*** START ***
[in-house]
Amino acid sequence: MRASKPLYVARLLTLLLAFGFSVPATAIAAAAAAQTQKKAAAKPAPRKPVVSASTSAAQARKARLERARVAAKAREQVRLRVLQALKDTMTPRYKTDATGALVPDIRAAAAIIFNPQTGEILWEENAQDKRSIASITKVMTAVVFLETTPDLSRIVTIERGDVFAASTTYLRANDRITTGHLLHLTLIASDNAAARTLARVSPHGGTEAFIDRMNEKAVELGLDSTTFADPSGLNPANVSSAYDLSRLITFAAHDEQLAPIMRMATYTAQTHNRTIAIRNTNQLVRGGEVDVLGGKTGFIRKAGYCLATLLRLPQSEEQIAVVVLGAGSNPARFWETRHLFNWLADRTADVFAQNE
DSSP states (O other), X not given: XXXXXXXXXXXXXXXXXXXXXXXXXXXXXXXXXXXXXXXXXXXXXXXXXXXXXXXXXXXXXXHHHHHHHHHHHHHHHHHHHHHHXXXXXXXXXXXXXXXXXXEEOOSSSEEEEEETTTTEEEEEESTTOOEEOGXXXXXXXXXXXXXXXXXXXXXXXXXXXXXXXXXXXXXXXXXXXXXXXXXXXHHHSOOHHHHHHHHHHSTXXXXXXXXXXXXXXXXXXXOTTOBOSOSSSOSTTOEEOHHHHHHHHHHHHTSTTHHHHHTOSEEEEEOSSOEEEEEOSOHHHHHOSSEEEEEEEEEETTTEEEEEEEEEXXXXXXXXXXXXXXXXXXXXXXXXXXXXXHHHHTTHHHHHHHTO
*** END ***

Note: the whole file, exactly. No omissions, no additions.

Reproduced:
[in-house]
Amino acid sequence: MRASKPLYVARLLTLLLAFGFSVPATAIAAAAAAQTQKKAAAKPAPRKPVVSASTSAAQARKARLERARVAAKAREQVRLRVLQALKDTMTPRYKTDATGALVPDIRAAAAIIFNPQTGEILWEENAQDKRSIASITKVMTAVVFLETTPDLSRIVTIERGDVFAASTTYLRANDRITTGHLLHLTLIASDNAAARTLARVSPHGGTEAFIDRMNEKAVELGLDSTTFADPSGLNPANVSSAYDLSRLITFAAHDEQLAPIMRMATYTAQTHNRTIAIRNTNQLVRGGEVDVLGGKTGFIRKAGYCLATLLRLPQSEEQIAVVVLGAGSNPARFWETRHLFNWLADRTADVFAQNE
DSSP states (O other), X not given: XXXXXXXXXXXXXXXXXXXXXXXXXXXXXXXXXXXXXXXXXXXXXXXXXXXXXXXXXXXXXXHHHHHHHHHHHHHHHHHHHHHHXXXXXXXXXXXXXXXXXXEEOOSSSEEEEEETTTTEEEEEESTTOOEEOGXXXXXXXXXXXXXXXXXXXXXXXXXXXXXXXXXXXXXXXXXXXXXXXXXXXHHHSOOHHHHHHHHHHSTXXXXXXXXXXXXXXXXXXXOTTOBOSOSSSOSTTOEEOHHHHHHHHHHHHTSTTHHHHHTOSEEEEEOSSOEEEEEOSOHHHHHOSSEEEEEEEEEETTTEEEEEEEEEXXXXXXXXXXXXXXXXXXXXXXXXXXXXXHHHHTTHHHHHHHTO